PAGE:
A common misconception is that macular degeneration is a condition that affects the older members of our community, but in fact younger members of the population could be at risk too. In this post from our national office team we look at a case study of macular degeneration in a 40-something Australian woman.
Macular degeneration - not just for the elderly
Age-related macular degeneration (AMD) is Australia’s leading cause of blindness with more than 1.4 million people showing evidence of the disease.
It is often regarded as a condition that only affects the elderly, which is why Karen Russell, a Sydney businesswoman, was so shocked when she was diagnosed with AMD in her late 40s.
Karen was originally diagnosed with AMD by her optometrist in 2014.
“I can’t tell you how outraged I was,” she said.
“I hadn’t even turned 50 and I was being diagnosed with a disease associated with the elderly. I felt it was something I shouldn’t have been diagnosed with for another 25 years.”
Karen has a family history of AMD, but she was unaware of the hereditary risk of the disease. Her mother Brenda was diagnosed with AMD in her 70s, which meant Karen had a one-in-two chance of developing the condition as well.
Family history is one of the four major risk factors for AMD, alongside smoking, being over 50 years of age, and failing to have regular eye examinations by an optometrist.
What is AMD
AMD is a chronic, progressive disease that destroys central vision, leaving peripheral vision intact.
There is effective macular degeneration treatment for the most aggressive form of the disease – wet (neovascular) AMD – but there is no cure. For most people living with AMD – those in the early or intermediate stage or living with late-stage dry AMD – there are no treatment options.
But lifestyle changes – such as regular eye exams to monitor any changes to your vision, as well as eating a macula-friendly diet rich in oily fish and dark leafy greens – can help keep your eyes healthy and can help slow the progression of AMD.
Early action saves sight
Since her diagnosis in 2014 Karen has taken the right steps to maintain her vision.
She has had regular eye exams – including having her macula checked – by her optometrist, as well as implementing lifestyle changes, eating more oily fish and dark green leafy greens.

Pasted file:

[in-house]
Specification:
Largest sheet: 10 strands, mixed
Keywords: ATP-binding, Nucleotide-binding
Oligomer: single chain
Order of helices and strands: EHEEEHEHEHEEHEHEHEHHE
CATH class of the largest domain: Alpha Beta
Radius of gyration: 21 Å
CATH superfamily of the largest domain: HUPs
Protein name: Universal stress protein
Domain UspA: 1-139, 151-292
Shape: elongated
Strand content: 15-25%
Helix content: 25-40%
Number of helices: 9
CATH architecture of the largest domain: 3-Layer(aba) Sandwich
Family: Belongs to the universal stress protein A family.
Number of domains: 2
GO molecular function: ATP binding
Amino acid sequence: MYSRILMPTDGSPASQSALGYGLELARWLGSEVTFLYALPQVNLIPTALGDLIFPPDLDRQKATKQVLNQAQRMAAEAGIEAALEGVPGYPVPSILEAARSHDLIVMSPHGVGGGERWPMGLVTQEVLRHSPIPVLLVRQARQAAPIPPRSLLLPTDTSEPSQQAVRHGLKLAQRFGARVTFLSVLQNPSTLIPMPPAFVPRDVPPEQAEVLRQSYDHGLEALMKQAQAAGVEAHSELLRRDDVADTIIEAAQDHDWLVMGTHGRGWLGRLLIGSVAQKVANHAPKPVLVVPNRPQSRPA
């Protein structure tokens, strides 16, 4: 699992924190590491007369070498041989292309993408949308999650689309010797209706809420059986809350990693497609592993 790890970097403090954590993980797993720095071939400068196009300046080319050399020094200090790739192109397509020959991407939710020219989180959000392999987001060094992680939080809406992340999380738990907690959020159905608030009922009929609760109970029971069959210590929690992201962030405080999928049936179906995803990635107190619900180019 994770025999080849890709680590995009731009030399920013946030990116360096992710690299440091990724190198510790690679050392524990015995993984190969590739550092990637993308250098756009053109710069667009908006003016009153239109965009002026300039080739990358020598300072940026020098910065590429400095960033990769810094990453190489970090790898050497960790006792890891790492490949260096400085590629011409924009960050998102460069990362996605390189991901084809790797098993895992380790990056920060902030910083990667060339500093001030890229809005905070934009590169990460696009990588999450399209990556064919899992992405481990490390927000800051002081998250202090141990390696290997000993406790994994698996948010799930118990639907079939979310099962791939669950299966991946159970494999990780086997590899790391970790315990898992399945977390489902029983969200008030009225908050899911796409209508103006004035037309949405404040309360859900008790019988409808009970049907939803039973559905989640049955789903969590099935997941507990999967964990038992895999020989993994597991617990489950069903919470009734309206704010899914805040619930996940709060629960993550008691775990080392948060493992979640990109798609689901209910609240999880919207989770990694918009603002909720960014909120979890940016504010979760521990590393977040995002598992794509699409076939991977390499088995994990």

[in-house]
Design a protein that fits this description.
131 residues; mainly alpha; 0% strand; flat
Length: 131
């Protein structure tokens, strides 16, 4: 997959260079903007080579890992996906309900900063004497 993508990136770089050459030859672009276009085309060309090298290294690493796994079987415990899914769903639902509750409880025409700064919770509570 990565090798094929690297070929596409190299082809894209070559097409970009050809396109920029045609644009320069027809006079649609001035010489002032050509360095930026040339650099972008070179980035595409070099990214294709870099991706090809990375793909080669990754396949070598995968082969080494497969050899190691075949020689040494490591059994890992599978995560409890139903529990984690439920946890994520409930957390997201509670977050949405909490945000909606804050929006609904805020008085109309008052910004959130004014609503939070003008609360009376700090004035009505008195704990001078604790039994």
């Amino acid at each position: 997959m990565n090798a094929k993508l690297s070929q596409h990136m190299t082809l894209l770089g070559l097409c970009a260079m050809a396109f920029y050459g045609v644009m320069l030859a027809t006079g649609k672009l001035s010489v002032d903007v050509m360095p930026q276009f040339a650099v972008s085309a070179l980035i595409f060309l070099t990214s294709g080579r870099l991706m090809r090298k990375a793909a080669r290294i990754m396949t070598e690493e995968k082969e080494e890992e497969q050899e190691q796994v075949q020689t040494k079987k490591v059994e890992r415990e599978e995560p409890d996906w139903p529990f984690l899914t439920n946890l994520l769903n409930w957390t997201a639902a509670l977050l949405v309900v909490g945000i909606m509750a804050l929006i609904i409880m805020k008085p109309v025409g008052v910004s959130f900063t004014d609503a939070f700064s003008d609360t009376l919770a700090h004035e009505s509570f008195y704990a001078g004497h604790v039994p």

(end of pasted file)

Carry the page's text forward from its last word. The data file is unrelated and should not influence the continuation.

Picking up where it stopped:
Today, Karen’s eyesight is good, and she is still able to drive, read and paint.
“It’s not something I struggle with on a day-to-day basis, but it is something I worry about – something that niggles at me. Every now and again, I’m confronted with the fact that in the future, there are things I might not be able to do,” Karen says.
“What scares me the most is losing the ability to read. I understand things by reading. I can’t absorb when people are telling me things – I need to read to understand.”
How to reduce macular degeneration?
You can reduce your risk of getting AMD and slow its progression if you have already been diagnosed, by following four simple tips.
- Regular eye exams
To detect AMD early you need to have an eye test once every two years if you are over the age of 50, then once a year when you reach 65.
- Do not smoke
Smokers have a three to four times higher risk of AMD than non-smokers. The disease will occur five to 10 years earlier for people who smoke.
Exercise regularly and maintain a healthy lifestyle.
Eat a macula-friendly diet including fish two or three times a week, dark-green leafy vegetables, and fresh fruit every day, a handful of nuts each week, low GI carbohydrates, and limit the amount of fats in your diet.
What is Your Risk?
The Macular Disease Foundation Australia has a great little resource called Check My Macula.
Developed by MDFA, Check My Macula is a short online quiz that tells you your individual risk factors of macular disease, arming you with a little more information before you come in to see us for an eye examination.
Sixty seconds could save your sight. One minute and five easy questions is all it takes to discover your personal risks, then take early action to preserve your vision.
To discover your level of risk for macular disease, go to Check Your Macula, then book an eye exam with us. If you or a loved one have any questions about macular disease, contact the Macular Disease Foundation who are available to help you or call their free National Helpline on 1800 111 709.
This website does not provide medical advice. It is intended for informational purposes only. It is not a substitute for professional medical advice, diagnosis or treatment. Never ignore professional medical advice in seeking treatment. If you think you may have a medical emergency, immediately dial Triple 0 (000).